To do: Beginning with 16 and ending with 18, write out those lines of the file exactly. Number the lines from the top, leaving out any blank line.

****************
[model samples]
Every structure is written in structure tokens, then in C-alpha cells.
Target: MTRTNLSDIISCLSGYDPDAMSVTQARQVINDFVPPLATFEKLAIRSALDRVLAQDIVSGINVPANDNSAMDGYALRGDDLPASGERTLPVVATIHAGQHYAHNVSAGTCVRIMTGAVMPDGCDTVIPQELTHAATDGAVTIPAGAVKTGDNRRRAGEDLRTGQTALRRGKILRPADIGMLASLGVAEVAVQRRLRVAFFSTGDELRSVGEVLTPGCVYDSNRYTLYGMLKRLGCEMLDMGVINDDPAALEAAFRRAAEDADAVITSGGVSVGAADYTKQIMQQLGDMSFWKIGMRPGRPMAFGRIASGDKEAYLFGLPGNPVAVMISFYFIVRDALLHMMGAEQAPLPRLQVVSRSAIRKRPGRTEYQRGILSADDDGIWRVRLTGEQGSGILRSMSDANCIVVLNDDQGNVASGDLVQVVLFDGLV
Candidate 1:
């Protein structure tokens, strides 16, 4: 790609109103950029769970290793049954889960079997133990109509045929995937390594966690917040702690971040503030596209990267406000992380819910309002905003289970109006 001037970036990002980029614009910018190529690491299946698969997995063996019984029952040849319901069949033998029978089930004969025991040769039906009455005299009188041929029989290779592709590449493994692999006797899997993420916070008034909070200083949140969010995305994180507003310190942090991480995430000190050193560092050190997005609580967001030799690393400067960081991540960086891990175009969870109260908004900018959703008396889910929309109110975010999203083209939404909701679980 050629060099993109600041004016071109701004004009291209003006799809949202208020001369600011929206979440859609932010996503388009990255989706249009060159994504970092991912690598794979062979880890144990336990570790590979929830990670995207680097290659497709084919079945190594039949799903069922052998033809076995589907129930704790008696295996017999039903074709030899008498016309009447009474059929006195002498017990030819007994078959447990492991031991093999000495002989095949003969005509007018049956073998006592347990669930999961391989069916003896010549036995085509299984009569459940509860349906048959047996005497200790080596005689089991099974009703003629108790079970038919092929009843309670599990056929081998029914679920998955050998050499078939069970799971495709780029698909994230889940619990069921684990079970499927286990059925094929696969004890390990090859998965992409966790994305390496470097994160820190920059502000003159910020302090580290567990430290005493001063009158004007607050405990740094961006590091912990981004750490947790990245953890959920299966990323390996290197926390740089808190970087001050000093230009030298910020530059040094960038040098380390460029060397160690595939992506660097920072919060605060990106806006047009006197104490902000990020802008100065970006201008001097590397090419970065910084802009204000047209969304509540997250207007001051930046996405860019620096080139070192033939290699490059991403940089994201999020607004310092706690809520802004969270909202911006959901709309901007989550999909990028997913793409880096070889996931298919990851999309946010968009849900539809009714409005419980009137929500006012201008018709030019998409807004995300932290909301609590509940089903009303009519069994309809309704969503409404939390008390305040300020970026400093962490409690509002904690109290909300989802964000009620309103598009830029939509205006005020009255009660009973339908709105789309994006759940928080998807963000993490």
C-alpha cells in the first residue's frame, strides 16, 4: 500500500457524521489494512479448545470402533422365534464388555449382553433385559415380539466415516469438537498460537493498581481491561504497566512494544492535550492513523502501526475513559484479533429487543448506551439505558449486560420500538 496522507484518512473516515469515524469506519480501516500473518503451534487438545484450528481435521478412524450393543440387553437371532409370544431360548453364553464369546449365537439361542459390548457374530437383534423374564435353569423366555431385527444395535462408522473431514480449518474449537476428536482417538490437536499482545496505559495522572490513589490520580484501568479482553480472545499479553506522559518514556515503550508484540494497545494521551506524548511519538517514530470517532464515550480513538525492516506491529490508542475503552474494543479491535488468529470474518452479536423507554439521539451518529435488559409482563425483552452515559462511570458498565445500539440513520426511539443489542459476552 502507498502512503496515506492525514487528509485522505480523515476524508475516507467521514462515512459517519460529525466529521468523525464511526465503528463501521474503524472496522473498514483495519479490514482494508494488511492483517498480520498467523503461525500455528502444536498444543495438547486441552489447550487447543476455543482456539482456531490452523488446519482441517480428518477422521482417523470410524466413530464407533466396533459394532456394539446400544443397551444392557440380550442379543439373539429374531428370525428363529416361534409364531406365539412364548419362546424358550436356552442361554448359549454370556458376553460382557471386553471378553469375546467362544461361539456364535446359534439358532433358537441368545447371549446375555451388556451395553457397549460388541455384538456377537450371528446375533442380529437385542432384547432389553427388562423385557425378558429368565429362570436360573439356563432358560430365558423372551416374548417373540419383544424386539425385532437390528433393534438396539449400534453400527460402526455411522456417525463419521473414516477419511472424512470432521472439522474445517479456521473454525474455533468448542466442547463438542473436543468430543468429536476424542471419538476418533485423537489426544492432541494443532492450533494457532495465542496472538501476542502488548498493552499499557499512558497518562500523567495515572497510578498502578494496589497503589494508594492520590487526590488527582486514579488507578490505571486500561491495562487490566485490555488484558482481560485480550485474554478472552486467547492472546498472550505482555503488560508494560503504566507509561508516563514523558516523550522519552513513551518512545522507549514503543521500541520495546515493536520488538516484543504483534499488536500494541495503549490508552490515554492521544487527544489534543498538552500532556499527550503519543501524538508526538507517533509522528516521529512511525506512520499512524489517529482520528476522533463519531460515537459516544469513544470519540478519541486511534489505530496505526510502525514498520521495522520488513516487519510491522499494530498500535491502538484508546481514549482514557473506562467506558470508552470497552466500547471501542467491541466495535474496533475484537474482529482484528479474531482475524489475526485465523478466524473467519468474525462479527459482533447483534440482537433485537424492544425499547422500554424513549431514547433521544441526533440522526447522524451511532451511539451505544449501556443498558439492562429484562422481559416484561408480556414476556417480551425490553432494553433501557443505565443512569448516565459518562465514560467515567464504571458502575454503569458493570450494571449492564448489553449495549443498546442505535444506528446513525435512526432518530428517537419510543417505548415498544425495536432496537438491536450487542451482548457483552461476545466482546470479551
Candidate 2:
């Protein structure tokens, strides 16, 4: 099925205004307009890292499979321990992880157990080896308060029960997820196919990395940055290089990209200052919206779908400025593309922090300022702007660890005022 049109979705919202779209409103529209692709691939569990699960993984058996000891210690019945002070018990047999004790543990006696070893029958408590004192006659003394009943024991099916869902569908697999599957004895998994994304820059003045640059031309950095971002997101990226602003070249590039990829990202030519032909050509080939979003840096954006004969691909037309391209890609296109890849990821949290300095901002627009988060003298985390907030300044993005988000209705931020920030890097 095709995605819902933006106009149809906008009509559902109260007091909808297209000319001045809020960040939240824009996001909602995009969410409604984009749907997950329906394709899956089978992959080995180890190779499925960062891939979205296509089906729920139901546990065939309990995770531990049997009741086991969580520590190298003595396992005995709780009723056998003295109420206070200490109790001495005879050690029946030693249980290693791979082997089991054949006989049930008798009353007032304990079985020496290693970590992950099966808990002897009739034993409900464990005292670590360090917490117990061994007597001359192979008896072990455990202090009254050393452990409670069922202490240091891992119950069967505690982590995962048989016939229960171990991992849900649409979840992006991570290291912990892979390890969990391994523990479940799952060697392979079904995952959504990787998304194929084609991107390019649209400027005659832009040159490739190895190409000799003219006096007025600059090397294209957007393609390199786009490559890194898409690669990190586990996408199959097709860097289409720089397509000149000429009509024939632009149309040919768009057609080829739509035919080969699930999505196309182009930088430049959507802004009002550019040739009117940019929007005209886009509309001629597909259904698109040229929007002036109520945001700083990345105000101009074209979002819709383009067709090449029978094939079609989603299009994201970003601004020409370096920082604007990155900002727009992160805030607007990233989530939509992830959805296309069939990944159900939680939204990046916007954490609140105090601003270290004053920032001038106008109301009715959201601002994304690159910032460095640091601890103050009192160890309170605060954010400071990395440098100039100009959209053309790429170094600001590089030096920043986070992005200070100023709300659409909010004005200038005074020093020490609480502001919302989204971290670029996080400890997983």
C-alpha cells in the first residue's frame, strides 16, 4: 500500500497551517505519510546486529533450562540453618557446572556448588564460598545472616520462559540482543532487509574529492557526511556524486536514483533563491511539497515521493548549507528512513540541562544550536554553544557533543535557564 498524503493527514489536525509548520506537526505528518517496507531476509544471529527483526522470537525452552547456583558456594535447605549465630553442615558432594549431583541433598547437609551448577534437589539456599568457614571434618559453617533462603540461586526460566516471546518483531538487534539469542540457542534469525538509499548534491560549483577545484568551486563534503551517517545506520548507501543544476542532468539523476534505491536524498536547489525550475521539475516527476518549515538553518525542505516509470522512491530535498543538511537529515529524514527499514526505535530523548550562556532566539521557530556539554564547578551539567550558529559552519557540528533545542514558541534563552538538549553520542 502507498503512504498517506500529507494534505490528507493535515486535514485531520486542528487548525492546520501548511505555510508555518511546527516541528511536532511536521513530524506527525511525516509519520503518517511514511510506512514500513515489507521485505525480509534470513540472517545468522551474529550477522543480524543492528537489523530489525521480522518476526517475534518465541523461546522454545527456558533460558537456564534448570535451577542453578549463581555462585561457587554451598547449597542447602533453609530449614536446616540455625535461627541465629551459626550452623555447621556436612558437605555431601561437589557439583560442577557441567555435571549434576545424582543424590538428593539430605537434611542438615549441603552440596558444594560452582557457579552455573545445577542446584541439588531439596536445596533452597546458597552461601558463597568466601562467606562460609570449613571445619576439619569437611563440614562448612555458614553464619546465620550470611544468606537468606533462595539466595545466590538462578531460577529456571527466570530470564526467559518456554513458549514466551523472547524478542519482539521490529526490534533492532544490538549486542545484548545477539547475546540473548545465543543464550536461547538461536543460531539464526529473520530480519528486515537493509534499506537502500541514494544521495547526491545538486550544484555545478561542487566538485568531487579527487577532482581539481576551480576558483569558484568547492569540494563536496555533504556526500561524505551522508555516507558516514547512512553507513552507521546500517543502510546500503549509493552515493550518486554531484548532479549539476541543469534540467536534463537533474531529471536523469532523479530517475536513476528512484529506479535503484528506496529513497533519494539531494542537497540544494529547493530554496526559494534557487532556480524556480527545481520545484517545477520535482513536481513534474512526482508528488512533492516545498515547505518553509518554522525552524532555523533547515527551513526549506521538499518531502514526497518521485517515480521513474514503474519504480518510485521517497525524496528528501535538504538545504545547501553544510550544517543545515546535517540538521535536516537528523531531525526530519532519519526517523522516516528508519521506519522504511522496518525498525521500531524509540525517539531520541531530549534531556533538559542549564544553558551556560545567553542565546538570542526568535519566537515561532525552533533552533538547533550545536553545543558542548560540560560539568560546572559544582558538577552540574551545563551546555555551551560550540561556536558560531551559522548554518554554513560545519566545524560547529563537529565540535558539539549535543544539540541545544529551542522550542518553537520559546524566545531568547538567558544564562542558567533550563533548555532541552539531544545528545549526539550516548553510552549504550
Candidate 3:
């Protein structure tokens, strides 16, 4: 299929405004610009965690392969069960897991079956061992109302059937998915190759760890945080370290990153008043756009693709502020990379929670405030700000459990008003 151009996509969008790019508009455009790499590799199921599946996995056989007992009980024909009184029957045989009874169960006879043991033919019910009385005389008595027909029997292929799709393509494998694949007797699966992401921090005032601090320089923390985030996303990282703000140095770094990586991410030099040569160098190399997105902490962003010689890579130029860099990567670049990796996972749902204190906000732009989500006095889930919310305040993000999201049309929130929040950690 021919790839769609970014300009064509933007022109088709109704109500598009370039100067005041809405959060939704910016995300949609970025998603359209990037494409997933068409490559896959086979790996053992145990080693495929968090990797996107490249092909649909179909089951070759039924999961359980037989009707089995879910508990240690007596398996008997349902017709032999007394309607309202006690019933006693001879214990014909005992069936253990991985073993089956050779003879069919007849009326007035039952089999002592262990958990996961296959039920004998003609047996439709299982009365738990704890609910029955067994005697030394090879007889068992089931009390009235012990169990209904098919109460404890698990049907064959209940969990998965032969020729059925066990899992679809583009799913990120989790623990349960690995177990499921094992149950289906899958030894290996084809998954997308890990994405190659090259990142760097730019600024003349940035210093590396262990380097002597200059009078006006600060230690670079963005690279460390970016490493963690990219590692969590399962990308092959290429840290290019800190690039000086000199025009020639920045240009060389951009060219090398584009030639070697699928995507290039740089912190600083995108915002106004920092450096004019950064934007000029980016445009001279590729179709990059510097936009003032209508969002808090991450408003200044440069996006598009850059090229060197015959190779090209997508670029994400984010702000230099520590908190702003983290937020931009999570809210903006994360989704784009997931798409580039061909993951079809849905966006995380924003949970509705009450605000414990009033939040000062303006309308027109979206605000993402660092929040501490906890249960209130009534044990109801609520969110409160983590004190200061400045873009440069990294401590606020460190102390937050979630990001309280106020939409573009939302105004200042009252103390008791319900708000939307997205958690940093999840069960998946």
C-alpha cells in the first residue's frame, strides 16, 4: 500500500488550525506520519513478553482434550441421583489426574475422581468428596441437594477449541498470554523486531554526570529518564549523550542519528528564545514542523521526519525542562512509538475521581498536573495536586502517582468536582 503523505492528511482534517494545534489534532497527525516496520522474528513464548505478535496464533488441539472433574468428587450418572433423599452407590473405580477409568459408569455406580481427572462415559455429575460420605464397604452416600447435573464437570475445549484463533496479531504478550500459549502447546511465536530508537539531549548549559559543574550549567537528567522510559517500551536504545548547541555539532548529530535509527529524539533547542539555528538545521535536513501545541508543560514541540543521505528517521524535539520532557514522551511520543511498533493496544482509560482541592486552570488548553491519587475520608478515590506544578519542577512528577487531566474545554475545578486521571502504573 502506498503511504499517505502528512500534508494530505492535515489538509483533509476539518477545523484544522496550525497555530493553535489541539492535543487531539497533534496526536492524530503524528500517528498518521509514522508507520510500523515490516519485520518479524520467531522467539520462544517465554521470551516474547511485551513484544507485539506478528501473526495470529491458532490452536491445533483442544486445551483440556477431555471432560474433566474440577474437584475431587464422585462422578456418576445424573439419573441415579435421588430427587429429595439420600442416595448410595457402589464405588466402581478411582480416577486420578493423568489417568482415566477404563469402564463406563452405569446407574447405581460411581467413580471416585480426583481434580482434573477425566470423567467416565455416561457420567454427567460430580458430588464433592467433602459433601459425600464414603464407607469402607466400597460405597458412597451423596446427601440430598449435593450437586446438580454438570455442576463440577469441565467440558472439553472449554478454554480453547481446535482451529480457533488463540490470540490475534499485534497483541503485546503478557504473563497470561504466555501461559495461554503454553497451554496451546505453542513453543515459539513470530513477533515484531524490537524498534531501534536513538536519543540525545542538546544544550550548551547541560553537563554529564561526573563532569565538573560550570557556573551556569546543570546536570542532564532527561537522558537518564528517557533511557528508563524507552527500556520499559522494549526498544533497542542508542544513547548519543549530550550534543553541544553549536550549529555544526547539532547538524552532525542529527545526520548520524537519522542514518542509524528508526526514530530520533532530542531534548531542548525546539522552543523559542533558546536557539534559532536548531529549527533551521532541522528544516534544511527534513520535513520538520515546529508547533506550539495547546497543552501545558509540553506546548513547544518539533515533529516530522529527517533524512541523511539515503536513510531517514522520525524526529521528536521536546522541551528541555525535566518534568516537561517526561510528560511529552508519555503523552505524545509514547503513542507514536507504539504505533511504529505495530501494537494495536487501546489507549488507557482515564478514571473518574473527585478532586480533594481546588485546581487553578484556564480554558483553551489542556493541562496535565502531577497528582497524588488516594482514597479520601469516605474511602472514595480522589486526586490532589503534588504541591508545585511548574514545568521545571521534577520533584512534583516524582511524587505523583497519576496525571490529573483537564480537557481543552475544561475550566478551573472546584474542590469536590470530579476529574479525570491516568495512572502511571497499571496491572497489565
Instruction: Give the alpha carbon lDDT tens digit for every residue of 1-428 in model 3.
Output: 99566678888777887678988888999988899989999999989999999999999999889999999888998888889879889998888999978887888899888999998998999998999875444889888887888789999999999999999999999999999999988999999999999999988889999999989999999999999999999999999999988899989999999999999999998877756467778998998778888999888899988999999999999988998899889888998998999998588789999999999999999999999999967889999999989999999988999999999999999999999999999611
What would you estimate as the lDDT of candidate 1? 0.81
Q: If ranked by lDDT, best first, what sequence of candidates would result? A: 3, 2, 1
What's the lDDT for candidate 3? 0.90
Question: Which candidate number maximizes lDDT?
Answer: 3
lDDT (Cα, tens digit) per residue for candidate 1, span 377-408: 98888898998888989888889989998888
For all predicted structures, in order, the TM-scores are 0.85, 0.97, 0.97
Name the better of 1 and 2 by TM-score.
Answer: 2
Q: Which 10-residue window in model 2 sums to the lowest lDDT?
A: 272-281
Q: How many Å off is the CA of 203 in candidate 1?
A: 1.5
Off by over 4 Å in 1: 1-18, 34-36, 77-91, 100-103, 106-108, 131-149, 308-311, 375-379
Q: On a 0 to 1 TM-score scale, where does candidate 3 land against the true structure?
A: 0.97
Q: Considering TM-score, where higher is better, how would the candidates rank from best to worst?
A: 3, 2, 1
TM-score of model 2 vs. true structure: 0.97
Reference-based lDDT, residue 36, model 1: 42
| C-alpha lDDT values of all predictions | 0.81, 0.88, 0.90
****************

Q: If ranked by lDDT, best first, what sequence of candidates would result? A: 3, 2, 1
What's the lDDT for candidate 3? 0.90
Question: Which candidate number maximizes lDDT?